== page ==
he had received a rigorous education under the famous teacher Rabbi Gamaliel.
So Paul said they could have testified about those facts as well.
And on top of his having affirmed these points, Paul was beginning to tell
how he shared the same hopes with other Jews. That is, this was the
hope of the kingdom of God at the end of the world, and it was the coming
of the messiah and the hope of the resurrection. Although the Sadducees
did not believe these things, at least in those days the hope of the resurrection
had become an important element of Jewish traditional faith. Beginning
with the Pharisees, many people believed in the fulfilment of this promise;
they hoped and waited and hoped for it. There were people holding
fast to this simplistic hope just like Simeon and Anna who appear in the
Luke chapter two and who earnestly hoped and prayed steadfastly for the
kingdom of God. Paul is emphasizing that he also believes this as
one of the Jews. This point was also referred to in the defense speech
(chapter twenty-four) given before Felix. Ironically, he was
on trial and was being charged by the Jews for waiting in hope for the
fulfilment of the promises of their God. Paul repeats that fact twice.
In short, he makes the charge that this whole situation was inconsistent
with reason in every way.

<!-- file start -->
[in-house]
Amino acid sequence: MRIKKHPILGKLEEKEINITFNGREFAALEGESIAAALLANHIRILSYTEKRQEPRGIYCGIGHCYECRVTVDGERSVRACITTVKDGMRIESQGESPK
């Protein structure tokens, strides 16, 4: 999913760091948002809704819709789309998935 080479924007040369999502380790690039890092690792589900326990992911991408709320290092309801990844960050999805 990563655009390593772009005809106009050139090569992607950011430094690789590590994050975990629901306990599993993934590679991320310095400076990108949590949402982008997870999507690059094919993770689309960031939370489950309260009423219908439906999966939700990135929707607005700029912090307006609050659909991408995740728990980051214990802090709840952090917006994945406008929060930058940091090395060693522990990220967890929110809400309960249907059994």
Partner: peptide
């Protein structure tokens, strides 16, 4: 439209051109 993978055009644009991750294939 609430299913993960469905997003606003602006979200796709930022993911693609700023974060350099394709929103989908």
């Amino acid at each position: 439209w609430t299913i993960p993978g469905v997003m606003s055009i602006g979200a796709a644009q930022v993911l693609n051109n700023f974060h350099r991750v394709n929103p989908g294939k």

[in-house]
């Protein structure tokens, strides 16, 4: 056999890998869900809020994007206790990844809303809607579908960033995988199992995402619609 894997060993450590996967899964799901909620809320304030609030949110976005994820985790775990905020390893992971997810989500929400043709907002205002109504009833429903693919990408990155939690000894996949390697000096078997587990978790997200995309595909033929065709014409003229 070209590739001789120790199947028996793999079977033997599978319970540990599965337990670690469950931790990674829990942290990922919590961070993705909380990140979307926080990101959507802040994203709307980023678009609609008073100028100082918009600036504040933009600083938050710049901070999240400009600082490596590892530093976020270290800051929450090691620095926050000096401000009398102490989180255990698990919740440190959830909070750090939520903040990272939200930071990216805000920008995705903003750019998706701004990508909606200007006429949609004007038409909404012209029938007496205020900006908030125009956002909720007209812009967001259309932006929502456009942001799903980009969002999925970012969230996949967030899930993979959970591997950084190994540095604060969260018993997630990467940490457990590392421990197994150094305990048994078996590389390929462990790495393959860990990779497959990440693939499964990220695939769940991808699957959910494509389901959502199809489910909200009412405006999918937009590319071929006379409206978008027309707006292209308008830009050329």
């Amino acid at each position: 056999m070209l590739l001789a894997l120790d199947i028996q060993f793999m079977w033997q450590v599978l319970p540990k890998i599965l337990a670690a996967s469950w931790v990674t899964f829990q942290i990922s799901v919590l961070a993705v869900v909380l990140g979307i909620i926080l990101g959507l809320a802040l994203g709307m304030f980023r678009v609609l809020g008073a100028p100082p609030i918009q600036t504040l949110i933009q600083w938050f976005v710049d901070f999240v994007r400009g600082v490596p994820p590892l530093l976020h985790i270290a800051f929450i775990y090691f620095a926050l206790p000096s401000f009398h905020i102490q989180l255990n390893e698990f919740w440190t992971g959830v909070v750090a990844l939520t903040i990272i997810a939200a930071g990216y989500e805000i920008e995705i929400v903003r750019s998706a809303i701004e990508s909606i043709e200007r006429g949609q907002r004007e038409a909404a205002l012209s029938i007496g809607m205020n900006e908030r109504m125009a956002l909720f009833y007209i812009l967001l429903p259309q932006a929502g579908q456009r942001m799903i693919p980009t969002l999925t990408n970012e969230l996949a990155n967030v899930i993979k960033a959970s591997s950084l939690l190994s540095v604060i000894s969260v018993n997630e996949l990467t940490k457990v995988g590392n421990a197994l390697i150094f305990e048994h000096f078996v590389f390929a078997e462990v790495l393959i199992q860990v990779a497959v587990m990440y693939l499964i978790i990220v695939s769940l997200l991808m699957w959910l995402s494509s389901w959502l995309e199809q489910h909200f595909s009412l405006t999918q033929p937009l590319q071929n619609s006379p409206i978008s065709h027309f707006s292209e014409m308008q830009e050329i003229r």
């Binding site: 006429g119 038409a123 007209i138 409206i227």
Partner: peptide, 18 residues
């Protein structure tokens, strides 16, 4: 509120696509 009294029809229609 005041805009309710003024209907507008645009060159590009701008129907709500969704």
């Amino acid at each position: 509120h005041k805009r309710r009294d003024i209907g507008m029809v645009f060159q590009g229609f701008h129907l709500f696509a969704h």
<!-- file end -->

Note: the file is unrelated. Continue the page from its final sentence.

Well, this section was written and simplified to a large degree, but instead
the story became more difficult to understand. Whether it was Paul's own abridgement
of this story or Luke's who recorded this [in Acts] is not certain, but either way we
should listen supplementing the standardized form of the wording that we
now have here. Next in verse twenty-three Paul says the following:
"I stated how the messiah suffered, and he first rose again from the dead,
and revealed to both the people [of Israel] and the Gentiles the light."
In other words, Paul was not simply embracing a hope of the resurrection
that would occur at the end times. It is important what he was basing
his cherished hopes on. According to his own statements the basis
of Paul's hope was the historical events that messiah has already come,
he suffered according to what is written in the scriptures, and he was
first to be raised from the dead. Paul stated in his sermons that
this messiah indeed was Jesus of Nazareth. Paul is making the assertion
here that his messages have never deviated from the orthodox faith of the